Own your own four-bedroom B&B in the middle of one of the most beautiful spots in Ecuador. At 8,000 feet, you’re surrounded by mountains. And the climate is ideal year-round—no need for heat or air conditioning—and there’s a large open patio and summer kitchen. The colonial town of Cotacachi, known for its leatherwork, is just 10 minutes away. Otavalo (pictured), a larger town famous for its Saturday open-air market filled with indigenous handicrafts, is just five minutes down the road. The country’s capital, Quito, is just a two-hour drive.
Tourism is a relatively new industry in Santa Fe, near the Continental Divide in Panama’s Veraguas province. And even now, those who find their way here are definitely not birds of a feather. “The people who come first are interesting and eccentric,” says Janet Hitchens. She should know—she was one of the first expats to settle in tiny Santa Fe.
“Gentrified” Casco, if you can call it that, is a small place…10 or 11 streets long, intersected by Avenue A, Central Avenue, and Avenue B. Yet there’s so much going on. Panama’s artists gravitate here…and there are galleries, shops, handicraft stalls, chic little cafes and bars, and more.
In Panama’s Veraguas Province, Santa Fe looks exactly as a Central American village should. After the modern skyline of Panama City—a shock if you were expecting to encounter the Third World—Santa Fe is a relief. The “real” Panama. Ah, yes, here it is. And here, it exists in its most exemplary form. The prettiest mountain views and the most welcoming people. The “best-of-both-worlds” climate…
In Panama’s Veraguas Province, Santa Fe looks exactly as a Central American village should. After the modern skyline of Panama City—a shock if you were expecting to encounter the Third World—Santa Fe is a relief. The “real” Panama. Ah, yes, here it is.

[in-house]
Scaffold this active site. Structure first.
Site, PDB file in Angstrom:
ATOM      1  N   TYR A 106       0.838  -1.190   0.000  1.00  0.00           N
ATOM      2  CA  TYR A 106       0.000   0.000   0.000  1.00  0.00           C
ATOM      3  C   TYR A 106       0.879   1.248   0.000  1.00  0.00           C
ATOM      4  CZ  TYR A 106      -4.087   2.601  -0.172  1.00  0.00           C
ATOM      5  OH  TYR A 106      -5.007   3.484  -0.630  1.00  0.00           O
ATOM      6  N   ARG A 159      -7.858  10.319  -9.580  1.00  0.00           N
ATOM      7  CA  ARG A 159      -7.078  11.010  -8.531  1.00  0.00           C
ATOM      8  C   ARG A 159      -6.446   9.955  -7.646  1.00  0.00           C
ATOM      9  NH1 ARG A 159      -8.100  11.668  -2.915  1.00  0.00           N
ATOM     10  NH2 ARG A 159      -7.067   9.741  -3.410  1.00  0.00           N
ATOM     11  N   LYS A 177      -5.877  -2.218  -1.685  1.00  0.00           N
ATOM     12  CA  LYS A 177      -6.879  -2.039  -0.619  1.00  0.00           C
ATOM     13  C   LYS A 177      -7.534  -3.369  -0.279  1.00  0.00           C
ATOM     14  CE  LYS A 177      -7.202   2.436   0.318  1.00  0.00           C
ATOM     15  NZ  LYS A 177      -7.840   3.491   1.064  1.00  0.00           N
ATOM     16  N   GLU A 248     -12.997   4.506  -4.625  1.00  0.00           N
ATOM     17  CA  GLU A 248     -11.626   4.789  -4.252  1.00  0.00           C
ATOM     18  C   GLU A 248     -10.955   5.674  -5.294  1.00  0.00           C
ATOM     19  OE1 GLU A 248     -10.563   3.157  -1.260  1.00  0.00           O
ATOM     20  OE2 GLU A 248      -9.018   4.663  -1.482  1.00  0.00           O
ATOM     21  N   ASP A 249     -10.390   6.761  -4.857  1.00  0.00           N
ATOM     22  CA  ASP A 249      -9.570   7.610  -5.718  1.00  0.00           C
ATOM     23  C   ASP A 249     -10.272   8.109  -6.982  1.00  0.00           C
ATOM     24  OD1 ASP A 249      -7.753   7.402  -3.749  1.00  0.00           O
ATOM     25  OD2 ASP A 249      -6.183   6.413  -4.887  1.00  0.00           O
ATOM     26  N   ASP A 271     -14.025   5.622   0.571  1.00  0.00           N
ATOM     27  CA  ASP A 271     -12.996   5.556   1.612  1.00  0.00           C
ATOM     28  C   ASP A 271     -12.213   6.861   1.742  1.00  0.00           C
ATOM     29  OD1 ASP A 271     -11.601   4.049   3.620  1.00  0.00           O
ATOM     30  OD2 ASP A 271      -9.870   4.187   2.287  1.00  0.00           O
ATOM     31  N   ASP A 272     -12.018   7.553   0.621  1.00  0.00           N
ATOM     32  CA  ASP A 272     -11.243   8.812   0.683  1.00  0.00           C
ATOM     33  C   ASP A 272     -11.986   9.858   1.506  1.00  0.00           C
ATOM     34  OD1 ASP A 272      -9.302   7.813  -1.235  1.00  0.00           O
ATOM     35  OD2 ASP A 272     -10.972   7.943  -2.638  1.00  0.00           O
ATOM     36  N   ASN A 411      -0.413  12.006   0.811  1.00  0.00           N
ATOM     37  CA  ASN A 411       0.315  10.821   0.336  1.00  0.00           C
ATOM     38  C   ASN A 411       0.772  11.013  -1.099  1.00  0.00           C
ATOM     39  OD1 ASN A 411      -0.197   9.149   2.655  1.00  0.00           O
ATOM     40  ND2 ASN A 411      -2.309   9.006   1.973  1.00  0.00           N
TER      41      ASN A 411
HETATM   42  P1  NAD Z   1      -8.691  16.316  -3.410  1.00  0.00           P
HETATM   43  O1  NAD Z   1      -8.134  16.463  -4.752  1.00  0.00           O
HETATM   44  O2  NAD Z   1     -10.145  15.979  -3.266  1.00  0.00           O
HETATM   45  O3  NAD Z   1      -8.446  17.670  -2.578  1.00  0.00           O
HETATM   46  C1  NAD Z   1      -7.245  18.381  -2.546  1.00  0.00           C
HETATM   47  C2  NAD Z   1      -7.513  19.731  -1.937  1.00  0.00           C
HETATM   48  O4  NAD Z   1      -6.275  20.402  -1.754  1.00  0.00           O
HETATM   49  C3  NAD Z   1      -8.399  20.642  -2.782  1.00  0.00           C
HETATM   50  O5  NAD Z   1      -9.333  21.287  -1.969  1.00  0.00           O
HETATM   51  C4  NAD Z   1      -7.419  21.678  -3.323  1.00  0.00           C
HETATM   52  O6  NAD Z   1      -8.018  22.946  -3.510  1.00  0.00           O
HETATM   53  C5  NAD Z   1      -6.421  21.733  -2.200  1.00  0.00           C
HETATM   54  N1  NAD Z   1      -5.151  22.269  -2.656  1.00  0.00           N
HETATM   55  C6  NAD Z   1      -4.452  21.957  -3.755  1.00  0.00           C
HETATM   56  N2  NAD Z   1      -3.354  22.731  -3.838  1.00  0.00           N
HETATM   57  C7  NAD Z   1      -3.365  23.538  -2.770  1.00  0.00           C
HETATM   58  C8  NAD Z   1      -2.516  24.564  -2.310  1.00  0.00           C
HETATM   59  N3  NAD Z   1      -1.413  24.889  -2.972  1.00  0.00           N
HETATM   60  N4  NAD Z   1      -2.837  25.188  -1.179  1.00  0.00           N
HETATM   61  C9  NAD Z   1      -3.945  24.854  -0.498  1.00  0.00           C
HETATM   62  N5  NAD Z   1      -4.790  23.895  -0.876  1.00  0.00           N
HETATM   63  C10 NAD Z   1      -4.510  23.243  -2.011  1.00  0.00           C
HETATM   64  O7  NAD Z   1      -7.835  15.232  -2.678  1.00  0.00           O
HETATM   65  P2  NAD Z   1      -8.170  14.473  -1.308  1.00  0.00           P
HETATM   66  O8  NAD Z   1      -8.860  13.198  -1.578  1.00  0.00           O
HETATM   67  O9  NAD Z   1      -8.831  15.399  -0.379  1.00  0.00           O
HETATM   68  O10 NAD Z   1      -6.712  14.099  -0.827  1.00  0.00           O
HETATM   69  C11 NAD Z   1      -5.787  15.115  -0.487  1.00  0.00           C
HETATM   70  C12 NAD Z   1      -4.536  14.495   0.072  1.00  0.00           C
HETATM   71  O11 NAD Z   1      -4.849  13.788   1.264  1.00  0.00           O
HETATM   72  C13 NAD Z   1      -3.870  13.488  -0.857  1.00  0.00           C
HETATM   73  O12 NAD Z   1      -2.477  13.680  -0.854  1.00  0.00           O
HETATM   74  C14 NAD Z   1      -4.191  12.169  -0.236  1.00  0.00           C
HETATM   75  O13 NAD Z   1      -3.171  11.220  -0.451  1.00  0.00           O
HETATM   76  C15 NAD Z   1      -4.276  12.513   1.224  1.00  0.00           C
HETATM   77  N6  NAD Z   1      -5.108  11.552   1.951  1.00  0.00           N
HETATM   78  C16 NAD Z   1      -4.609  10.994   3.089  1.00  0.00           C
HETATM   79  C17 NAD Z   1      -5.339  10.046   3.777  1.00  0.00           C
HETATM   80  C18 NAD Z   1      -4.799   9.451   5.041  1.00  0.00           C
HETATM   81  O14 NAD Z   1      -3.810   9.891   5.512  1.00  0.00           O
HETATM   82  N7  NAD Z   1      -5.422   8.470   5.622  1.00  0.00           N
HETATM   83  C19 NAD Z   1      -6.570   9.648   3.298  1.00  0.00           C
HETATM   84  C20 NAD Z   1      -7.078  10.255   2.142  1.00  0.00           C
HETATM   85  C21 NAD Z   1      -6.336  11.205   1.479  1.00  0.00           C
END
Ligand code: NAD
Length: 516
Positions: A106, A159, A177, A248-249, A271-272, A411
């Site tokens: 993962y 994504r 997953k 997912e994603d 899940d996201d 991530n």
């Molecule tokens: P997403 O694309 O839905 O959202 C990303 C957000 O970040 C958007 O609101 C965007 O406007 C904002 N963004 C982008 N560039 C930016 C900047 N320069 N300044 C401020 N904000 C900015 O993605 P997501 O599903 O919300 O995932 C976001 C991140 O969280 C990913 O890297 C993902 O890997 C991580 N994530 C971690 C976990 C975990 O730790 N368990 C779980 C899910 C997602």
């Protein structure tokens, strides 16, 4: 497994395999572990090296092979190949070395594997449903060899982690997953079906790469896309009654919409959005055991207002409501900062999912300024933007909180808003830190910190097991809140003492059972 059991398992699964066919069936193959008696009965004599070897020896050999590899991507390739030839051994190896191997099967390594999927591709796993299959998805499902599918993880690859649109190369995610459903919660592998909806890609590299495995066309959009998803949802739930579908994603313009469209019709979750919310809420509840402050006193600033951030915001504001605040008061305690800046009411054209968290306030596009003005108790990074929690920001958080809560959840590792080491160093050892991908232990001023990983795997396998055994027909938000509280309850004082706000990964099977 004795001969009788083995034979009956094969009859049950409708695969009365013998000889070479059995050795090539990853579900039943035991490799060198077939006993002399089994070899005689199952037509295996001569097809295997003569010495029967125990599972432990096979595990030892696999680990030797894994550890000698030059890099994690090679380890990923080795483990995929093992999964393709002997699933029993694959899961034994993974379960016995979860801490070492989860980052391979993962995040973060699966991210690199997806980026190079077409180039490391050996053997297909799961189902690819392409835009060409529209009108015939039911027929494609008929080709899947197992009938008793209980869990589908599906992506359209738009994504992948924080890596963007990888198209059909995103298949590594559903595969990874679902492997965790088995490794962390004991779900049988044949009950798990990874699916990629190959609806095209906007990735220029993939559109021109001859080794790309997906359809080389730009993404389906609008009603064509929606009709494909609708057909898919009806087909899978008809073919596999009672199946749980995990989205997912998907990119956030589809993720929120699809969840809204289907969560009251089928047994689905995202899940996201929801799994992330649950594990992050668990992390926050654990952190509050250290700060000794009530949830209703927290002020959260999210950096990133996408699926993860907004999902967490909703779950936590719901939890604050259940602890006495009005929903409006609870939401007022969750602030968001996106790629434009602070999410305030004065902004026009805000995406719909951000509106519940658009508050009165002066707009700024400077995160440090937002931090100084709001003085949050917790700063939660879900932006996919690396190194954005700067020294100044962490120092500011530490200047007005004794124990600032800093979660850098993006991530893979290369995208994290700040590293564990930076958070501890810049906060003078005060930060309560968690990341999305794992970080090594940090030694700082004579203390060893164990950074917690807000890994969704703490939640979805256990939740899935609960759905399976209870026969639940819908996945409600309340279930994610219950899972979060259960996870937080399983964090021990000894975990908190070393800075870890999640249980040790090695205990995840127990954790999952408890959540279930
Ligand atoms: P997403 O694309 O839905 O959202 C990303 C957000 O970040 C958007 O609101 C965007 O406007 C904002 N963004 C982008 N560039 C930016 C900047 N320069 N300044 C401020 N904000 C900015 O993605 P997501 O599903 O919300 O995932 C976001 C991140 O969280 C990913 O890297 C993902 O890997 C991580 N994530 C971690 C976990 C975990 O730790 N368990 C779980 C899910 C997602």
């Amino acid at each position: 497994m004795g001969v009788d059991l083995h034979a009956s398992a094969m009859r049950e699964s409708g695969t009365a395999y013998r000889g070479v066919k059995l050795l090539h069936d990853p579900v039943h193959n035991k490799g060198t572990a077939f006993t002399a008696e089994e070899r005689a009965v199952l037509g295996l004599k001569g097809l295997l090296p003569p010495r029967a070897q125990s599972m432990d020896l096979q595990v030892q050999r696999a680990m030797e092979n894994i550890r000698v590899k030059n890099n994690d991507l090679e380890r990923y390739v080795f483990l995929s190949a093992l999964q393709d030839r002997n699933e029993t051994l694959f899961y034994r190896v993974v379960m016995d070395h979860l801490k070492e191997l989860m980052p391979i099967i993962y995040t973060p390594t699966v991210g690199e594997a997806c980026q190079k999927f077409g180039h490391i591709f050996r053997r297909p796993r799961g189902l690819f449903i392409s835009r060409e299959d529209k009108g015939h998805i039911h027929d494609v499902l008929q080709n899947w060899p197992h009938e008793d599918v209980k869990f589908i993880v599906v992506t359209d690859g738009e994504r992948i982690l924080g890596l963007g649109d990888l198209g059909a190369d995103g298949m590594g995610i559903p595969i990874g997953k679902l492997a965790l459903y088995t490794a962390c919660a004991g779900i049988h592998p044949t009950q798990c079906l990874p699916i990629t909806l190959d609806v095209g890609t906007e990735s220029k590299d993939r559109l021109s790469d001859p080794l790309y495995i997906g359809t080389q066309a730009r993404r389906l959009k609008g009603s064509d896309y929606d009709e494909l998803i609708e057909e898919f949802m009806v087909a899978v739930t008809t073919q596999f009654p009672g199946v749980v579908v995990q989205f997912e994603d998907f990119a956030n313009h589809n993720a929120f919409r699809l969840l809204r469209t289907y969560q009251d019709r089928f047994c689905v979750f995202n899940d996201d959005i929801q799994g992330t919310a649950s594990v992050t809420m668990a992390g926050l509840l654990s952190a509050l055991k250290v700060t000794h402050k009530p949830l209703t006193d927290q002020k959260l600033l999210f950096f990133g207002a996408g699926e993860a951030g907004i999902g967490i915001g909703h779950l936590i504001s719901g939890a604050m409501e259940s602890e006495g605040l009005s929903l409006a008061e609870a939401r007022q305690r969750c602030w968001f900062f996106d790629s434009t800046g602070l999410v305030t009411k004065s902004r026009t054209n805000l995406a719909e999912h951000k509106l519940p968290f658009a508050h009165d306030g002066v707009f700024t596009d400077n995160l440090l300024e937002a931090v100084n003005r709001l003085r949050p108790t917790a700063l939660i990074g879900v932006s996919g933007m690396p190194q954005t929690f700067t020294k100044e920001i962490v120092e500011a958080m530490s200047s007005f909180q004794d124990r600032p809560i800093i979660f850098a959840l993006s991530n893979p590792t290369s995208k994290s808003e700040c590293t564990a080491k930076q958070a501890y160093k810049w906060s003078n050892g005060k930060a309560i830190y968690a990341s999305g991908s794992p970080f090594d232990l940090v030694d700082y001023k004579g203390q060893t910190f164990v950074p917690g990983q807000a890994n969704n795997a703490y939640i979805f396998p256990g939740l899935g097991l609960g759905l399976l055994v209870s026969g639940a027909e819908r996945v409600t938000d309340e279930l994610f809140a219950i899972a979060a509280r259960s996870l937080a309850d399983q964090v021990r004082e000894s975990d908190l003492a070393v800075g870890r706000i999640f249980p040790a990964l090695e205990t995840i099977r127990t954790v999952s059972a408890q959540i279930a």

A three-bedroom, two-bath home in central Boquete was just listed for $90,000. At approximately 2,900 square feet, it’s spacious, and the lot is over 5,300 square feet. Excellent value for a home with mountain views, indoor laundry room, storage room, and large patio.
What if I could show you how (and where) to buy your dream home on an island like this one, with palm-tree rimmed. white-sand beaches washed clean by clear, warm Caribbean waters… or on a lush jungle cliff-top with a mega-mile view of the blue Pacific stretching out before you…
The bargain-beautiful Panama we’ve been writing about for years is alive and well…especially in Las Tablas. This little colonial town differs from hot retirement destinations like Panama City, Boquete, or Bocas del Toro. It’s in an area surrounded by farms and ranches, and that makes the climate, the landscapes, and the people unique. The tableños—that is, the townfolk in Las Tablas—are proud of their work ethic and keep their town neat and clean.